You’ll often see this pattern in banking, insurance, finance, e-commerce, and other service-based industries.
A simple example of a fulfillment DVS pattern is selling insurance policies. You receive a request from a client and put together an offer. Then, you issue and deliver the policy, thus fulfilling the customer’s requirements. After that, you occasionally check on the client to see if they want to update their policy. In case of a claim, the client will reach out to inform you and start the process.
Manufacturing DVS pattern
This pattern supports products that need to be manufactured before use—otherwise, they don’t have any value.
You could say that this pattern is narrower, as its only focus is the manufacturing process itself and the materials necessary for it. A simple example would be making a smartphone—a manufacturing DVS pattern would describe the procurement of materials, managing inventory, and assembling parts according to the established procedures and specifications. The pattern also includes processes for packing the smartphone in a specific box, storing it safely, and shipping it.
The complexity and the number of manufacturing DVS patterns depend on the nature of the product in question. For example, assembling a vehicle is far more complex than manufacturing a candle. 🕯️
Software products DVS pattern
This pattern revolves around manufacturing a software product, be it a smartphone app, desktop software, or a game. The main focus of this pattern is, you guessed it, the software itself—it outlines everything that goes into creating software, the starting point being receiving an order.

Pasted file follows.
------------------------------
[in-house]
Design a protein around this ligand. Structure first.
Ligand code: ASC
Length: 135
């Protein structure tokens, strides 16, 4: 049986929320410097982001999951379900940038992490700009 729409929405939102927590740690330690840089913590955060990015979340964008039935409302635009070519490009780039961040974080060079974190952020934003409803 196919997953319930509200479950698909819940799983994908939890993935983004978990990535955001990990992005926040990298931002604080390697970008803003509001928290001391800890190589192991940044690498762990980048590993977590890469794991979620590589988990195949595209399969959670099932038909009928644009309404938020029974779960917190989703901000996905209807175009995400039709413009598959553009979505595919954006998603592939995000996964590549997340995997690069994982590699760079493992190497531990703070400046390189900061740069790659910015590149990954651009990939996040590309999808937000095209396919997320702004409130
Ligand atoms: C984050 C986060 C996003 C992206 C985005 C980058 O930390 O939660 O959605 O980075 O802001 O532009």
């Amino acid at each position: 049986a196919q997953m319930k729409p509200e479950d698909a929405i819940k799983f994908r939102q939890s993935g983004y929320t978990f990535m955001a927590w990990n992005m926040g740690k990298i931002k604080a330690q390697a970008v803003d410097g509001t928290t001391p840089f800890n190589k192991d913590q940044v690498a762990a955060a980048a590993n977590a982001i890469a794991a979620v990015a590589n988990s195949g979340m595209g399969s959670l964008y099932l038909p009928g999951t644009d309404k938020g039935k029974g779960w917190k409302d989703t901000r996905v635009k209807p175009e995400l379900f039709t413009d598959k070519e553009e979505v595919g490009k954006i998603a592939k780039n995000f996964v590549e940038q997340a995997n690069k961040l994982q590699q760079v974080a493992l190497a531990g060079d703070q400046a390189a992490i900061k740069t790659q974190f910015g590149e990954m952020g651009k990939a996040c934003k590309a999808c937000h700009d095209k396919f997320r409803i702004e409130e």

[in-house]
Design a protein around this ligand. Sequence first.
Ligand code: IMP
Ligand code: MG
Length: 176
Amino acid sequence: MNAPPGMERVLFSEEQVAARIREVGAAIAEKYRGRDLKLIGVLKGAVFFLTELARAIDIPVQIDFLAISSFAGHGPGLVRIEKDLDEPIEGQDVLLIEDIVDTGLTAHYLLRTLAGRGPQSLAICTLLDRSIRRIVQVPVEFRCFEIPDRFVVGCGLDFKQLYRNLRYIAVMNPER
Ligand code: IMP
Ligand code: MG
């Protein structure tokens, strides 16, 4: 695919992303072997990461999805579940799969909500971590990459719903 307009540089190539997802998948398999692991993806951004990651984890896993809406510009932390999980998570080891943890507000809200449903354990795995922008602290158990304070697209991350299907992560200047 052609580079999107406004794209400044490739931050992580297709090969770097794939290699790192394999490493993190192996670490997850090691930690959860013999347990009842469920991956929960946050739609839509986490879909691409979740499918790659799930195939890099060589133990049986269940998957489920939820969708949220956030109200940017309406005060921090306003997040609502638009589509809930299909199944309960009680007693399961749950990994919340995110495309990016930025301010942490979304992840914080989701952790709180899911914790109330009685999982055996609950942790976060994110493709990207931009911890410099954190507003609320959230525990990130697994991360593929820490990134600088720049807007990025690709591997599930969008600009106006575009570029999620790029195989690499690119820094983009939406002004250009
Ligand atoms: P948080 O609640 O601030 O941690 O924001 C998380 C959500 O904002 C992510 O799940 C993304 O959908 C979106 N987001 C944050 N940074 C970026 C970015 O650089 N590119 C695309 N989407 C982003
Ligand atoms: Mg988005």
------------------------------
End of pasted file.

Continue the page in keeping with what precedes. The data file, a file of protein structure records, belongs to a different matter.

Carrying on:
Let’s say your customer wants a new feature in their company’s app. You process the request, and your team starts working on it. You may even have several teams on the project, depending on the feature’s complexity. The stream describes every step and activity necessary for incorporating the feature. Your customer is involved in the stream—you’ll update them on the progress and check if they want something done differently.
Supporting DVS pattern
A supporting DVS pattern outlines everything going on in the background that keeps your company up and running. In this case, the DVS is internally oriented—customers are actually your company’s employees.
A simple example is developing and maintaining a software tool the entire company uses to communicate internally.
Development vs. Operational Value Streams
Operational value streams (OVS) focus on everything your team members need to do to deliver value. While a DVS revolves around development, an operational value stream is broader and concerned with day-to-day operations, maintenance, and overall customer experience.